2nd. get some 'sand' paper of various grades from about 80 to 800. Each sheet should cost about 60p. Do not get the cheap packs out of PoundWorld, they shed the sand more than they actually work. Get Wet & Dry type out of a car accessory shop, maybe Halfords.  Grades; 80, 120, 240, 320, 400, 600, 800

Use the W&D paper to smooth the edges after cutting. The roughest grade can be used to smooth away cutting line wobbles, the smoothest grade will get rid of those wee bits of fibres which tend to stick out. Get a cork sanding block out of Home Base. They cost £1.50. Its use in leather work is manifold. Here it can be used to sand a better edge by wrapping the W&D around it. Using W&D in your fingers won't really smooth out any cut line wobbles

3. I use beeswax and neetsfoot oil (aka NFO) mix on my edges. As a starter; get yourself some 'clear' shoe polish in Tesco/Asda and use that to burnish into your edges. Later you can mix some beeswax and olive oil or NFO as an edge burnish. Also use a piece of linen, calico or denim to rub the shoe polish or wax into the edge first. Rub very hard and fast, the friction builds up heat which helps melt the wax into the edge

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You usually dye plain vegetable tanned leather. FIEBINGS is the best known range of dyes & finishes; solvent based has a better penetration than water based. AFAIK their professional/oil/spirit dyes are just variations on the same thing, though I'm willing to be corrected on that

There are so many variations on edge finishing and burnishing. After the straight cut edge I use an edge beveller; then abrasive paper; then apply gum tragacanth & burnish; then Fiebings Edge Kote & burnish

You can burnish by hand, either with a 'slipper type' or a 'carrot type' burnisher; you'll know what I mean when you see them. I've also heard of people using a piece of antler or a suitably shaped plastic screwdriver handle

You've ordered a strop? If you ever need another one try making your own from oddments of wood & leather, there is advice on this forum and YT. It's one of the easiest pieces of leatherwork you can do

Cutting? There are so many knives available, and some of them are rather expensive. Have a look at the supplier's websites, and as you watch videos you'll see the different types. You can do a lot of good work with a Stanley knife, you probably have one already. The key is to be razor sharp, and keep it exclusively for leatherwork

A metal straight edge or safety ruler will keep your lines straight; Search & Surf; the MAUN is cheap and does the job

Most suppliers will be happy enough to advise you, and a phone call is better than an email. I have visited, and phoned IDENTITY LEATHER in Matlock and they are pleasant & helpful

The proofing I suggested is OK for things like sheaths and bushcraft pouches, but when you move on to anything posher like a wallet or briefcase you might want a better finish, so ask again on this forum or a supplier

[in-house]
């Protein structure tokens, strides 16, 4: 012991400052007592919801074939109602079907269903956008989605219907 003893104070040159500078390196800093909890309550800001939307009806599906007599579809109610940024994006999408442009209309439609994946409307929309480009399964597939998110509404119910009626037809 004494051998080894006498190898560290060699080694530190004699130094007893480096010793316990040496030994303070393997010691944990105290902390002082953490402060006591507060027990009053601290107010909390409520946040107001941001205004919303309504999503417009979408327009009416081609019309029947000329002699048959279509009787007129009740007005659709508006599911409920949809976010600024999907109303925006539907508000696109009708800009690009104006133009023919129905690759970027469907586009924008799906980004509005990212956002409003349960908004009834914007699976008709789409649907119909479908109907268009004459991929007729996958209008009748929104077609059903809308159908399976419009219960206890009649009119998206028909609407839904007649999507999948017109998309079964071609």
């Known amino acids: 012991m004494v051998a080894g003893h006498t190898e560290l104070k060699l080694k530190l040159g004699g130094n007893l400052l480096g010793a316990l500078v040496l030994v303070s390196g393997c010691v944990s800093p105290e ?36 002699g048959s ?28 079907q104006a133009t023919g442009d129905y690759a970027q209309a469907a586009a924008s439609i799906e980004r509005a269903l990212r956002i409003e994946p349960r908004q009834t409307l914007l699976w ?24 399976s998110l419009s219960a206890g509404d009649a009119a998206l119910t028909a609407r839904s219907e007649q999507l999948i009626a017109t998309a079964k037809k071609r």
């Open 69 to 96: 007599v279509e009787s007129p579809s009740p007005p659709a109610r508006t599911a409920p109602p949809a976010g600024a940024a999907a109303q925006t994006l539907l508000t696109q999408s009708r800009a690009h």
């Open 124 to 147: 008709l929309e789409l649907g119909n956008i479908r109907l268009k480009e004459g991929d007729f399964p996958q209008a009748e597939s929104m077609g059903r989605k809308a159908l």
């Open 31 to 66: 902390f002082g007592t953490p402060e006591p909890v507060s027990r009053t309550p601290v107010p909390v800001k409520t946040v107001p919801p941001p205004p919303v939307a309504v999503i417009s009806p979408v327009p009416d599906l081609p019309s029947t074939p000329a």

As if you haven't got enough to do, there are videos on making dog leads & collars on YT. JH LEATHER is good, and on other things as well

Ah, I've just noticed you say you already have a burnisher. They get better after you've used them for a while and broken them in. Same with a strop. When it turns black you know it's working because that's the steel that's being removed from the blade

Edited by zuludog

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On 6/23/2019 at 11:53 AM, Allotment17 said:

First of all, thank you for a friendly welcome to the forum and for some great advice and thank you to Fredk for all your help.

I've spent hours and hours and hours reading and watching and trying to familiarise myself with leather, leather tools and leatherwork and I'm ready to buy my first piece of leather. I've visited Le Prevo, AA Crack and Abbey England websites and have to say that I am feeling overwhelmed by the choices out there. I'm very nervous about purchasing without seeing (visiting to look is not on the cards at the moment) and I don't want to waste money on something I cannot/don't want to use. 

My aim for the leather is something to use for practice mainly. I learn by 'what happens if I do that'. I'm hoping that my practicing can be used to produce something myself and family can use. So far I've made a very basic pouch and several various key fobs. So I think I need plain veg tanned leather which I can practice cutting, edging, punching, stamping and sewing with.

I've looked at Le Prevo but I don't know enough to choose from them. AA Crack is bewildering to me. I felt a bit more comfortable at Abbey's website and, if left to my own devices I would order the following, however, as I know nothing (comparatively), I would appreciate some advice as to whether I am on the right track (or not). I was thinking of the 1.8 to 2 mm or 2 to 2.5 mm.

https://www.abbeyengland.com/tooling-shoulder-9727.html

Many thanks. 

Clare

You don't say where you are Clare. I can only hope you're within reach of North London because that's where you'll find

J T Batchelor

9-10 Culford Mews
London Greater London N1 4DZ
United Kingdom

02072542962

They don't bother with a website. As a newbie myself I can only say what a treat it is to browse in a Victorian warehouse shop with racks of all types of leather, tools, finishes and racks of dusty boxes filled with rivets, snaps, buckles etc etc. I'm always looking for an excuse to travel the 35 miles

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Got cut off somehow. Just wanted to say I daresay they will post, give them a ring. They're usually busy but always helpful.